I’ve been a big fan of Jon & Kate Plus Eight, the reality show about the couple who couldn’t have kids, so they went through fertility treatment and had twins and then went through fertility treatment again, stronger this time and with more feeling, and had six babies at once.
Being a fan of Jon & Kate Plus Eight is not really my style. I’m not into reality TV shows, unless they’re Super Nanny and the focus is on bad parents and bad kids, or any show about that hugely obese guy in Mexico. I rarely even put on TLC, because it seems that 40 out of every 48 hours, there’s a show on about midgets or conjoined twins and I don’t do them. Once there was a show on TLC called The Woman With Giant Legs. Right after that there was a show about a tiny little girl who didn’t grow. That was the day we sat around and guessed what TLC stood for. I guessed The Love Channel. Turns out it was The Learning Channel. But it should be Turn the Lights off to watch this freak show or you’ll Cry your eyes out and hate your cynical self for it.
Yet, I was flipping through the channels one night and onto my screen came a picture of a kitchen with the counters relatively cleared off and six adorable little kids running around and I was immediately hooked. These kids are as cute as non-red-haired kids can be. I jumped onto the Jon & Kate Plus Eight bandwagon with wild and reckless abandon. After nine or ten episodes I actually let myself believe that living in Pennsylvania with eight kids, six of which were popped out within 45-minutes, could be fun for the whole family. Theirs and mine.
I don’t know what I was thinking. Deep down I had to know that you can’t get eight children dressed in color coordinated outfits and go to Chuck E Cheese on a regular basis (not to mention finding Aaden’s glasses and figuring out which one is Aaden so you can put them on him) without a) the mother being a controlling bitch and b) the father looking for any opportunity to have an affair with a teacher. Any teacher. Anywhere. Anything in a skirt will do. A skirt alone, even. A picture of a skirt from a catalog.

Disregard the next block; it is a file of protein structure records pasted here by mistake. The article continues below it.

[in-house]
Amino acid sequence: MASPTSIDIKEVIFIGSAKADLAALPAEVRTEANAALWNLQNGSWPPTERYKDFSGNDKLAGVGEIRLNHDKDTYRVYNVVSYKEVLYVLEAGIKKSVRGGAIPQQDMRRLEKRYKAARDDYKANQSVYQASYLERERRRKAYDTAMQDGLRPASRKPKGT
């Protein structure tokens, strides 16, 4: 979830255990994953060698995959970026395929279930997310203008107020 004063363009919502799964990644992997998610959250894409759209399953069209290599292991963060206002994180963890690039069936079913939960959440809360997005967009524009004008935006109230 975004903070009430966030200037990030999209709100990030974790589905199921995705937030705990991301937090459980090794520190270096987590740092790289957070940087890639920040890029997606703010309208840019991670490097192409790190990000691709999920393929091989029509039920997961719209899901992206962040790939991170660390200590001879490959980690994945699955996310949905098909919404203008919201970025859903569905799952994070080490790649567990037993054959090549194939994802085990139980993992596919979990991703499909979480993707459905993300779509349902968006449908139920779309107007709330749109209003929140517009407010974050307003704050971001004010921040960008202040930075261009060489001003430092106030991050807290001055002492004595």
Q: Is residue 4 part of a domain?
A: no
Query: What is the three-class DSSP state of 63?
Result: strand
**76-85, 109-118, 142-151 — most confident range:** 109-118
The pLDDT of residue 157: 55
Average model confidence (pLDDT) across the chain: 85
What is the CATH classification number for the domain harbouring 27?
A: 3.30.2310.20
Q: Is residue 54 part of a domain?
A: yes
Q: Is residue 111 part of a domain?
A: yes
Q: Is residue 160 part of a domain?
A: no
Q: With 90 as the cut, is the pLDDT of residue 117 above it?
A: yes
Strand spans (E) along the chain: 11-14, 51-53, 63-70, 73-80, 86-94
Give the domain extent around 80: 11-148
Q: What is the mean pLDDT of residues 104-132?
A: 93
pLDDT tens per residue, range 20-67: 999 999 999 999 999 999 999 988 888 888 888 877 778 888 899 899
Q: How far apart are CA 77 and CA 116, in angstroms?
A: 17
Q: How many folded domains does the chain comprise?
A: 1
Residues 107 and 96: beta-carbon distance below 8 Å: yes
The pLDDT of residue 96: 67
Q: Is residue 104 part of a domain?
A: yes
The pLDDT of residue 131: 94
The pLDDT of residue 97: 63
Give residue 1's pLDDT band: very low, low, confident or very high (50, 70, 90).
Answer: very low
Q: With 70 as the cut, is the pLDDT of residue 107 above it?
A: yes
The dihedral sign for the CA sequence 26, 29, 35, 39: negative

I may have become a fan because the Jon and Kate story fed into my longstanding fantasy to have 2,679 kids, a game my friend Nancy and I used to play when we were little and about which I wrote in my blog My Conversation With Davy Jones. “Multiple birth” is on my bucket list, although I’m pretty sure that ship has sailed, along with “Be the First Lady” and “Watch all the Star Trek movies without falling asleep even for a little bit.”
OK, so I’ve been watching the show and waxing philosophical about Kate’s maternal instincts and her ability to see the individuals in each member of her litter, Jon’s laid-back view on life, and how cool their marriage is. Sure, she was a little bit bossy. She yells sometimes, and once she got a little bit testy about how the frosting should be put on the cupcakes. And during the part of the show where she and Jon sit and talk directly into the camera, she dominated most of the conversation. But it wasn’t his uterus that percolated those babies, was it? For the most part Jon and Kate were cute, cute with the kids, and cute with each other.
And then Jon got caught with the teacher, out clubbing late at night, and because it’s human nature to take the side of the guy, instead of asking ourselves, “How can a guy with eight kids still be awake at 1 o’clock in the morning?” we turned on Kate, who as it turns out is A MOM FROM HELL, a MONSTER MOM, could be having an affair with her bodyguard, has a made-up spiky hairdo that we used to think was funky and cool but now we hate like poison, wears makeup in public more than people with fewer than three kids, and is not very friendly to her neighbors.
Let’s kill her.
And if we do, or even if she and Jon break up and a court rules that they’re unfit parents for allowing the family to become another freak show on TLC, I think I should get the kids. I promise I’ll be nice to everybody, have limp hair, and let the kids frost the cupcakes however they damn well please.